Each episode of The Apprentice will be scrutinised by Chloe Harrold, an associate with leading UK employment law firm Doyle Clayton and she will pull out the HR blunders for your entertainment and education. Based in Canary Wharf, just a few floors below where Lord Sugar grills the candidates to be his next apprentice, Chloe has experience of advising senior executives as well as employers in all areas of employment law. She deals with contentious and non-contentious matters, including exit strategy, compromise agreements, discrimination, reorganisation and TUPE.
Chloe is also a qualified New York lawyer who qualified as a UK solicitor in 2009 whilst specialising in employment law at a City firm. She joined Doyle Clayton in 2012.
The Apprentice – Series 11, Episode 10
10 December – Elevenses
This week the teams were asked to create, brand and pitch a health food snack.
Versatile decided to make a bar. Charleine Wain’s research suggested that superfoods were the way to go. The anti-oxidant properties of the ingredients was a highlight, as was “nature’s viagra”, maca. Charleine, that means it might help conception – not to be confused with contraception.
Unfortunately Charleine’s failure to pay attention to the quantities of each ingredient meant that their product was a flop. Told that they had to remove the claim “high in anti-oxidants” from the packaging, it was astounding to see Charleine lie so blatantly in a pitch, claiming the bars have “extra large doses of anti-oxidants”. How embarrassing when in the next breath she had to explain what was crossed off the packaging.
Charleine and Gary Poulton then told Joseph Valente not to mention the negative feedback he’d received from his research. Joseph was uncomfortable about this, the only positive comments concerned the name of the product. Under pressure from his manager, he told the retail panel consumers “thought the product was amazing”.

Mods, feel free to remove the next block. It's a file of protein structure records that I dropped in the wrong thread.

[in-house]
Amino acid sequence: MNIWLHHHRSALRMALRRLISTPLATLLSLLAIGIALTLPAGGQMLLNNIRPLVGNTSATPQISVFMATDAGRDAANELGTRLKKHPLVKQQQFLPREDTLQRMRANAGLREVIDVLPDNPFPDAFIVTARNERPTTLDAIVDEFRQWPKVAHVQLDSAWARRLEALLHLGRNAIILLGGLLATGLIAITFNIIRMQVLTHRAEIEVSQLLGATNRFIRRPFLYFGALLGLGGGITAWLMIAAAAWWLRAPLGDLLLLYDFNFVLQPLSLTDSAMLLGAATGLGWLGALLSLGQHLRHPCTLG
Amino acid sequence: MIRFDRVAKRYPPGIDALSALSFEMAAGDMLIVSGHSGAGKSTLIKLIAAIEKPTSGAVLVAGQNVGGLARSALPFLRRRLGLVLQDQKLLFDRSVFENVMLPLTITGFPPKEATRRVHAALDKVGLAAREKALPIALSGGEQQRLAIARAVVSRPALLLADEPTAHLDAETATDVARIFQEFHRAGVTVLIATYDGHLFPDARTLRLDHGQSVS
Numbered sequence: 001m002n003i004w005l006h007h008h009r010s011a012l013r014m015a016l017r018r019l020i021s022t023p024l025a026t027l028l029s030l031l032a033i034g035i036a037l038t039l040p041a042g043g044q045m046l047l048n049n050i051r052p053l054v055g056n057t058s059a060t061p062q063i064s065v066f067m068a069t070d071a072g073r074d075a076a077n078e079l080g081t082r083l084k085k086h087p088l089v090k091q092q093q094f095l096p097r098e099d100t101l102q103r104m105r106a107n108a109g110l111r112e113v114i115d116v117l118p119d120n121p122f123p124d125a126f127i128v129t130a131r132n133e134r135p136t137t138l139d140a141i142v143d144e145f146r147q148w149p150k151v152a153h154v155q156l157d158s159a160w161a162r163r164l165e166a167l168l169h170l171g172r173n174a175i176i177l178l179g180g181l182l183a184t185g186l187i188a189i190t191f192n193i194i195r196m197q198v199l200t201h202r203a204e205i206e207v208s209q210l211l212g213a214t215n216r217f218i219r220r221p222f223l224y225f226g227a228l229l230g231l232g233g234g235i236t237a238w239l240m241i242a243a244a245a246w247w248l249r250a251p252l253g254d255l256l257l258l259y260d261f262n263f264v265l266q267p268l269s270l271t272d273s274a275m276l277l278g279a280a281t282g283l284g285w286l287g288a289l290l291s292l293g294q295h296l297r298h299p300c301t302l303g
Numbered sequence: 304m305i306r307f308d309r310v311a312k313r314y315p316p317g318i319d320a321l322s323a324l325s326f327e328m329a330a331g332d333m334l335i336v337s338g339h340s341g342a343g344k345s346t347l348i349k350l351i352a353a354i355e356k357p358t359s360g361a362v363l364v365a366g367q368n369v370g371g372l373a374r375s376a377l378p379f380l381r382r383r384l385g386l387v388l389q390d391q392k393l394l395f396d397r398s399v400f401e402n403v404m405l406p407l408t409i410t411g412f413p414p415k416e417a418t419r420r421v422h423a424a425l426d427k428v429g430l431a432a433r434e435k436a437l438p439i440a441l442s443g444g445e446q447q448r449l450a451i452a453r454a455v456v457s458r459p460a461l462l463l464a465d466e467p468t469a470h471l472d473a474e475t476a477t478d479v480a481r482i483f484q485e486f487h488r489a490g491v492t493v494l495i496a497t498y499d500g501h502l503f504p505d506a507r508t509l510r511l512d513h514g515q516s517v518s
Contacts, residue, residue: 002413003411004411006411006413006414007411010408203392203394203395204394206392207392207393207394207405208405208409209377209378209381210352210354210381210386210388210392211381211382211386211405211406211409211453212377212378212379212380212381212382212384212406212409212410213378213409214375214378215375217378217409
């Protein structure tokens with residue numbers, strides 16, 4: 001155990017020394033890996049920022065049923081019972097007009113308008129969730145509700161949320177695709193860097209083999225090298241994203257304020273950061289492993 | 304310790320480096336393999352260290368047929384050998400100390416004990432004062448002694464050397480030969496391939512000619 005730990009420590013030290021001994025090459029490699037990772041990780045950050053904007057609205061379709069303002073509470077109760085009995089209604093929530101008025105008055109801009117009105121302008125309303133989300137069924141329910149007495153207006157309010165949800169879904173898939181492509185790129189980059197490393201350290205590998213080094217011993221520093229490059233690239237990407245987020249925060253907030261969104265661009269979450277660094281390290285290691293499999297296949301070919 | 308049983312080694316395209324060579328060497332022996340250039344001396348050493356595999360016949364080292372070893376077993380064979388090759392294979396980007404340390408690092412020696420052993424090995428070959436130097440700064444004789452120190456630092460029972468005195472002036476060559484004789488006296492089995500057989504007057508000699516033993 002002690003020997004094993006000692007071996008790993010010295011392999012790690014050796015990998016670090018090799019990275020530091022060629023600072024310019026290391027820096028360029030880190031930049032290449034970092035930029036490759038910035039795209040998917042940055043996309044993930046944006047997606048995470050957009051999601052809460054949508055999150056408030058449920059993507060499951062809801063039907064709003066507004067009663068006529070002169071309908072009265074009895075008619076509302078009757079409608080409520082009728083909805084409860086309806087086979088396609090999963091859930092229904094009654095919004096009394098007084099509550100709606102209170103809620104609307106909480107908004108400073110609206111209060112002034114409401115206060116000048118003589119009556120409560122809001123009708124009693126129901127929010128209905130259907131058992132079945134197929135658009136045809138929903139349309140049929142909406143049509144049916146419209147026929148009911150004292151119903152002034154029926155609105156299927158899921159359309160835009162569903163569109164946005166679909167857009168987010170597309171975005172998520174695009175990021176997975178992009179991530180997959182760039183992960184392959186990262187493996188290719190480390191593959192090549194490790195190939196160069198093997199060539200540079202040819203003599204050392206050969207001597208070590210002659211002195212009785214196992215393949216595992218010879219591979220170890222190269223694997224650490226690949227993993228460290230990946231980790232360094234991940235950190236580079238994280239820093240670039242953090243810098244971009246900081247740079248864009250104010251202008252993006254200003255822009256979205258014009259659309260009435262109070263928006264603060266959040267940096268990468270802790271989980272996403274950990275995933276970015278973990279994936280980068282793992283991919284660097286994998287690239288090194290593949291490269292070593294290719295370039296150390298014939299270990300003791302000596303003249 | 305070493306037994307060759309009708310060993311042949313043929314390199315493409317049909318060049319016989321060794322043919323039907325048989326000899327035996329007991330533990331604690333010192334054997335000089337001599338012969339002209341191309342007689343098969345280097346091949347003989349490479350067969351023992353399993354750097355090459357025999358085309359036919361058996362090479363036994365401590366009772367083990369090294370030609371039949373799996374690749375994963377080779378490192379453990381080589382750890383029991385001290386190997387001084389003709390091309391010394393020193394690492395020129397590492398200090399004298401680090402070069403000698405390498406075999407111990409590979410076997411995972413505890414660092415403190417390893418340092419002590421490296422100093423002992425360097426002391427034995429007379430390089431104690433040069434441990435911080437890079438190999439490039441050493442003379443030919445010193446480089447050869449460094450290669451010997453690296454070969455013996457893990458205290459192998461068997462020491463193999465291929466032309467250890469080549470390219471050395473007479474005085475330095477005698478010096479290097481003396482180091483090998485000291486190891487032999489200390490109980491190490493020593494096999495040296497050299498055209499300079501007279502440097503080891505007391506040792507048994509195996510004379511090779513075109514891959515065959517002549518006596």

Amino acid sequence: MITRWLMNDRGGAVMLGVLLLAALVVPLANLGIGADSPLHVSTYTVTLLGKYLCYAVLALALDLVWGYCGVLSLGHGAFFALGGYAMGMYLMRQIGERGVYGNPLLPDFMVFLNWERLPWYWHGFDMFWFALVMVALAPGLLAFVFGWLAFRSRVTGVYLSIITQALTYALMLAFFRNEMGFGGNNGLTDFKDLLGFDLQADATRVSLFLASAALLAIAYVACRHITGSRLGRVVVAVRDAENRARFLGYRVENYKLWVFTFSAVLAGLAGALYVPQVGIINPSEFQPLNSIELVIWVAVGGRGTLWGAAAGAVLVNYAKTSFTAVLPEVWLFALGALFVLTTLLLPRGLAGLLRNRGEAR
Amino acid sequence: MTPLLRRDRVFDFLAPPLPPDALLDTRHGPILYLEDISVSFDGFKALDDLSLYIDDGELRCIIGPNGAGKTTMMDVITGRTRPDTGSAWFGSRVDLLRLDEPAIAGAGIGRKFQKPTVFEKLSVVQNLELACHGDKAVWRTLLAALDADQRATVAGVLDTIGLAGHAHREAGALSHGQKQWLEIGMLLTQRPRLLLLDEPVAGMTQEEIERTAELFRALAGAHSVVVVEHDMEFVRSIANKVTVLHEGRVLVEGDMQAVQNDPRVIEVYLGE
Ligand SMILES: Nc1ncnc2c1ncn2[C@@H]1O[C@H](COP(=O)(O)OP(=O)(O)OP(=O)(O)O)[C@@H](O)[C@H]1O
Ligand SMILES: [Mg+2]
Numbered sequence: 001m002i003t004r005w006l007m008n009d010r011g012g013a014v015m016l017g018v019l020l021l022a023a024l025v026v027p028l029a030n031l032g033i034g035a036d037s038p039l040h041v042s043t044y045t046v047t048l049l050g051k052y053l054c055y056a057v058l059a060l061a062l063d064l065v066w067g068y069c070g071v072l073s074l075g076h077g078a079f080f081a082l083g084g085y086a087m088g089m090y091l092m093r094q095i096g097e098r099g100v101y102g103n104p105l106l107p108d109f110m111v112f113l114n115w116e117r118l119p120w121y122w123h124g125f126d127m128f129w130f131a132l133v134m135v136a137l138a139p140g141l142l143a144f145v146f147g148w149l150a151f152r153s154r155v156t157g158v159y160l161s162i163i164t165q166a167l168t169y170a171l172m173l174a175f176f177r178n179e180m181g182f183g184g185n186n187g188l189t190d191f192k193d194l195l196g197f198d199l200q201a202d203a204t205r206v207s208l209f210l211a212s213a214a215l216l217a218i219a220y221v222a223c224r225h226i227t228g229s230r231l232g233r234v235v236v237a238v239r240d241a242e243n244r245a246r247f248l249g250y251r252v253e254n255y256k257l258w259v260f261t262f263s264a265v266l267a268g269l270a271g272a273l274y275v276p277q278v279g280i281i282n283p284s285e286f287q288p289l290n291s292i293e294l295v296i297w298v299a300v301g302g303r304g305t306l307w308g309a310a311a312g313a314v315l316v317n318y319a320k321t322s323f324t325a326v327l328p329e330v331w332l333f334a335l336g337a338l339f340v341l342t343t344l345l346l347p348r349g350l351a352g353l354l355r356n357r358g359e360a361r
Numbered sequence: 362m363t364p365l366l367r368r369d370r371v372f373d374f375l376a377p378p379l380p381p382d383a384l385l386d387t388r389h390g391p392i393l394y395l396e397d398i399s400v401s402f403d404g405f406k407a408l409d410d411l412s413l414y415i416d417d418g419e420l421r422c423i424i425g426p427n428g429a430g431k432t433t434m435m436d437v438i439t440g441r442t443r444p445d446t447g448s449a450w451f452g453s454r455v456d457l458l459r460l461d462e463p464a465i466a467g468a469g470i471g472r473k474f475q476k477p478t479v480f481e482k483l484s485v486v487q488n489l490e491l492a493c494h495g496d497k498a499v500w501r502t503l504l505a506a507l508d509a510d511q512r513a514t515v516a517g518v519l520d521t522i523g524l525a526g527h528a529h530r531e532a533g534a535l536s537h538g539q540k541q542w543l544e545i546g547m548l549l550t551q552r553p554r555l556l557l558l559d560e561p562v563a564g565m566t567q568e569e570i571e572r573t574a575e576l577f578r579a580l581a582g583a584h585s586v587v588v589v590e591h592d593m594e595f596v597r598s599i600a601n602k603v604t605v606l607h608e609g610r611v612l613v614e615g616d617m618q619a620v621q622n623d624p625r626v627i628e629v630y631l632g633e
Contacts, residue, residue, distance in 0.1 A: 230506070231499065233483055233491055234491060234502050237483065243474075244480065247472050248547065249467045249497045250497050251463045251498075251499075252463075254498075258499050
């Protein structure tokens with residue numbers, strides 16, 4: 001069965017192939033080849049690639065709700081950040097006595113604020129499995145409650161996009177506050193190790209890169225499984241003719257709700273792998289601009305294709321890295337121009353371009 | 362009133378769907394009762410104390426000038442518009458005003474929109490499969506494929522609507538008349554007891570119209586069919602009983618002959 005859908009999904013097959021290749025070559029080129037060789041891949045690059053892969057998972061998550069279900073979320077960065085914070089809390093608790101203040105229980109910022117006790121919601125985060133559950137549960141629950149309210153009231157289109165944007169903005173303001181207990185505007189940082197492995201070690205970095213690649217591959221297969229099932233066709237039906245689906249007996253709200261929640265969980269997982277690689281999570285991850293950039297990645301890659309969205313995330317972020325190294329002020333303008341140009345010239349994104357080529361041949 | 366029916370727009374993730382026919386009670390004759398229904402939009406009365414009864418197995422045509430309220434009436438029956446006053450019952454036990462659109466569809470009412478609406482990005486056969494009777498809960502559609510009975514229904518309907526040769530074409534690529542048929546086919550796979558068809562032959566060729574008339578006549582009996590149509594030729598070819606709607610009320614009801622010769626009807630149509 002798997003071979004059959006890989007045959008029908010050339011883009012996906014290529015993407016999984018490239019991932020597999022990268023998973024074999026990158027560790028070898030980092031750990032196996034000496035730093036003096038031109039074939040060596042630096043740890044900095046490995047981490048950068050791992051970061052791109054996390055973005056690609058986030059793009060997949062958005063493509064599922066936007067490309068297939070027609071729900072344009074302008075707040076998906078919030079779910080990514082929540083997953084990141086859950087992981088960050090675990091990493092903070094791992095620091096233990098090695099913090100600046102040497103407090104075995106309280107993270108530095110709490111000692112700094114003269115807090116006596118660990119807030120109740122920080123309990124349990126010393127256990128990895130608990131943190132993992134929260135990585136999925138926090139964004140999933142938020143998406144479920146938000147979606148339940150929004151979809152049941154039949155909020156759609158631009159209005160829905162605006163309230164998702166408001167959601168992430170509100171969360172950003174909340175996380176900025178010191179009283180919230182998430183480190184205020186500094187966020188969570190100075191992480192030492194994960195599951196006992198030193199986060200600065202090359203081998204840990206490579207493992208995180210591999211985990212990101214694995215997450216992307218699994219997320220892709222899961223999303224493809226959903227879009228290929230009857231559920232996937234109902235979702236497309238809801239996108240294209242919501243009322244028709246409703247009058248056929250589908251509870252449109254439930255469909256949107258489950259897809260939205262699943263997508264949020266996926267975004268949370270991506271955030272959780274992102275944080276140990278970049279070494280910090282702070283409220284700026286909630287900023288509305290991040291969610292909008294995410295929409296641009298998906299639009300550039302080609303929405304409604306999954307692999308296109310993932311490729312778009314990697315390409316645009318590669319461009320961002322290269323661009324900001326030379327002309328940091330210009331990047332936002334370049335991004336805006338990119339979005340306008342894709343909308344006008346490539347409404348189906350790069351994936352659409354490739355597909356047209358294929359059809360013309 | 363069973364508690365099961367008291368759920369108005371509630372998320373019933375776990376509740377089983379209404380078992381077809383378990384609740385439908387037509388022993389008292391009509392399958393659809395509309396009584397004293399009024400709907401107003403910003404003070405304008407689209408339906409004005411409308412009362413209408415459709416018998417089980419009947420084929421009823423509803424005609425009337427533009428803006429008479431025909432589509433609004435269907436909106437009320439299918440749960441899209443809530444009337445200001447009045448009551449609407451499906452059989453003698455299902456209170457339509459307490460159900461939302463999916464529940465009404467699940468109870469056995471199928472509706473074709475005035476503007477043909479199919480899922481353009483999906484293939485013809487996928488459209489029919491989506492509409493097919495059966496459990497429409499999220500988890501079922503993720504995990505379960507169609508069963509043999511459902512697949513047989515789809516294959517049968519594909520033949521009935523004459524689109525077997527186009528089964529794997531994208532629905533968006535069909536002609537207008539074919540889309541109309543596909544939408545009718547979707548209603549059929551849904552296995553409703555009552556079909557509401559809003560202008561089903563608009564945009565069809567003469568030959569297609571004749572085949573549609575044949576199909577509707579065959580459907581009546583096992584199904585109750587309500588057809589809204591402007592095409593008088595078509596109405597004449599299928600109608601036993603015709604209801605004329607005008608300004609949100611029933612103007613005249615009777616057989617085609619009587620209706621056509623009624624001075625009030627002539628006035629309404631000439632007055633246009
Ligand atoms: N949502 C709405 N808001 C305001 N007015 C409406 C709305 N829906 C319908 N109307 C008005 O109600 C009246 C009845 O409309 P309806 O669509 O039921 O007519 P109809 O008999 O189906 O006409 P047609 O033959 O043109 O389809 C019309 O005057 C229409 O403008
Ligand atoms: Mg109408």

False advertising is a criminal act. An employee concerned about their employer doing something unlawful, could turn whistle-blower, and attract significant protection from any resultant detriment or dismissal.
Connexus seemed to have a viable product: catchy packaging, a raw, vegetable crisp with an innovative production method. Then along came the oil and the absence of two key selling points from the packaging – raw and dehydrated. An oily health food product with no obvious USP? The retailers were left unimpressed.
Connexus took information away which could have helped them sell, while Versatile lied about their product. Neither of them secured any sales and both teams saw members in the boardroom. In a real life employment situation I think Gary and Charleine would have been on my hit list – putting their employer at risk of criminal prosecution and creating a whistleblower.
Ultimately it was Brett Butler-Smythe who was at the business end of Lord Sugar’s finger of doom. His verbose pitches without much substance behind them ended his Apprentice journey, leaving us with those immortal words: “the oil content is just to base the constitution of the chip, natural ingredients, give us the calibration of the ratios to the amounts of what we could incorporate into the chips”. Hmm, clear as mud.
Interview stage next week – it’s what we’ve all been waiting for!